Maryland Lyric Opera continued its season devoted to Giuseppe Verdi with the Italian composer’s final opera, Falstaff, premiered when he was nearly 80 years old. It is a comic masterpiece, a slapstick farce with an ending that is transcendent and even philosophical. Friday’s semi-staged performance in the Music Center at Strathmore featured a generally excellent cast, with some shakiness in ensemble execution.
The brilliant libretto, adapted by Arrigo Boito from Shakespeare’s The Merry Wives of Windsor, traces the disastrous attempts of Sir John Falstaff to woo two married women, Alice Ford and Meg Page. The wives, abetted by Mistress Quickly and Alice’s daughter, Nannetta, plot to humiliate the fat knight, only to be nearly caught themselves by Alice’s jealous husband. The latter gets his own comeuppance as Alice engineers Nannetta’s marriage to a young man, against her husband’s wishes.
Mark Delavan strutted admirably as the pompous knight, his form filled out with a fat suit. His bass-baritone thundered mightily in the tavern scenes, and he presided over the action with impeccable comic timing, if occasionally some rhythmic uncertainty. Boito fleshed out the character by adding scenes based on Shakespeare’s Henry IV plays, and Delavan’s interpretation was both hilarious and ultimately sympathetic.
(Sherrill Milnes, whose presence in the house was noted by the company’s general manager, Matthew Woorman, nodded approvingly. The veteran baritone knows the title role well from his own performances, including at the regrettably defunct Baltimore Opera in 1997.)
The quartet of conniving women was excellent, led by the soprano Mary Feminear as a seductive, occasionally powerful Alice Ford, seconded by the shape-shifting mezzo-soprano Allegra De Vita as a ravishing Meg Page. Outstanding mezzo-soprano Catherine Martin deployed her powerful bottom range as a smart-mouthed Mistress Quickly, reunited with Delavan from last season’s spectacular Don Carlo.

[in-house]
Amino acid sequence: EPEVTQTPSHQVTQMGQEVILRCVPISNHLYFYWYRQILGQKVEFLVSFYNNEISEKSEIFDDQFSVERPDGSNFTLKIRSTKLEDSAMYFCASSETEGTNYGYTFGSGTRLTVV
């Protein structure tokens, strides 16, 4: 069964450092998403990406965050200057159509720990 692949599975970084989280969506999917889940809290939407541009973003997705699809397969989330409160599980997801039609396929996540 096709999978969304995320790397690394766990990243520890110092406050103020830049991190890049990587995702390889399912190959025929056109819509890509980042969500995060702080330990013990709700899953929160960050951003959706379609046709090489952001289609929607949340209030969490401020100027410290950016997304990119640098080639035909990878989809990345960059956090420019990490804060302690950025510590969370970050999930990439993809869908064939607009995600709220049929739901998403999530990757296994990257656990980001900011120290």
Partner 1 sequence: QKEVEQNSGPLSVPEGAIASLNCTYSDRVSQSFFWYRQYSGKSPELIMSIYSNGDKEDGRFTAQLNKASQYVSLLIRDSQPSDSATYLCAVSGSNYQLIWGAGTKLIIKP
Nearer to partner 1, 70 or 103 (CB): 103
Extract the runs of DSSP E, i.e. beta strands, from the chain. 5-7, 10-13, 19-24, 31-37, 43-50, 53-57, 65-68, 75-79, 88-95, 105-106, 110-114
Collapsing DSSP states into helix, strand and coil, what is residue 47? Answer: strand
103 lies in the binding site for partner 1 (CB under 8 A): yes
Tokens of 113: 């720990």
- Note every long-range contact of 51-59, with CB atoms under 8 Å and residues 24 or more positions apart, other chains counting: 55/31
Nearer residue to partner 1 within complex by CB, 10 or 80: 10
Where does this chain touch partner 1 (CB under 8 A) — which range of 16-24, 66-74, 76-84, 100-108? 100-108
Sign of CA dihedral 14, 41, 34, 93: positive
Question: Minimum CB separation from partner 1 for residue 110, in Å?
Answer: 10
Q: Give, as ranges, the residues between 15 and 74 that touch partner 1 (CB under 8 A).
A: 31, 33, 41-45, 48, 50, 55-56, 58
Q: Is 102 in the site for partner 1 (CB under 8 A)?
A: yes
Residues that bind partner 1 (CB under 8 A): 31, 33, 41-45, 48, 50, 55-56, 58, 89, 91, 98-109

Best among the women, however, was newcomer Rachel Blaustein, who made a sensational company debut as Nannetta. The radiant young soprano, who hails from Olney and did her graduate work at the Peabody Institute, floated velvet-gloved high notes in this crucial role. She flirted innocently in the stolen moments with her lover, Fenton, and made a resplendent fairy queen in the opera’s gorgeous final scene.
In another company debut, baritone Brian Major was in richly nuanced voice as Alice’s jealous husband, Ford, a sort of comic foil to the title character in Verdi’s other late magnum opus, Otello, which the company will perform later this season. Tenor Yi Li, an alumnus of the company’s training institute, made a charming, subtle Fenton. Joseph Michael Brent’s Bardolfo was outsized vocally and physically by the towering Pistola of bass Andrea Silvestrelli.
In his second podium appearance with Maryland Lyric Opera since the departure of music director Louis Salemno, Joseph Colaneri presided over this consummately difficult score. The coordination of ensemble scenes was mixed, with the group of men rushing ahead in the Act I finale, for example, when their duple meter is overlaid with the triple meter of the women, an ingenious musical rendition of the battle of the sexes.
The large orchestra had its struggles as well, with some unsteadiness in the horns and occasional lack of unity in the strings, including some prominent wrong notes in the violin section. The chorus, small in number but refined in sound (prepared by Husan Park), responded with surety from their place in the first balcony.
David Gately’s semi-staging gave an impression of the action, with set-like backdrops in the projections (designed by Sarah Tundermann), and lighting (designed by Stuart Duke) to create the mysterious night of the fairy scene. A few chairs and tables sufficed for props, with a large laundry basket providing the place for Falstaff to hide in the Act II finale, only to be dumped out the back door into the river.
Musically the evening reached its apogee, appropriately, in the concluding fugue, “Tutto nel mondo è burla” (Everything in the world is a jest), with singers and the orchestra firing away on all pistons. This brilliant moment was not included in Boito’s original libretto. Appending it to the Act III finale was Verdi’s idea, capping a ludicrous burlesque with the most learned type of composition from music history. The innovation provided a composer at the height of his powers the chance to laugh one last time, both at his listeners and at himself.
Falstaff will be repeated 2 p.m. Sunday in the Music Center at Strathmore. mdlo.org
Leave a Reply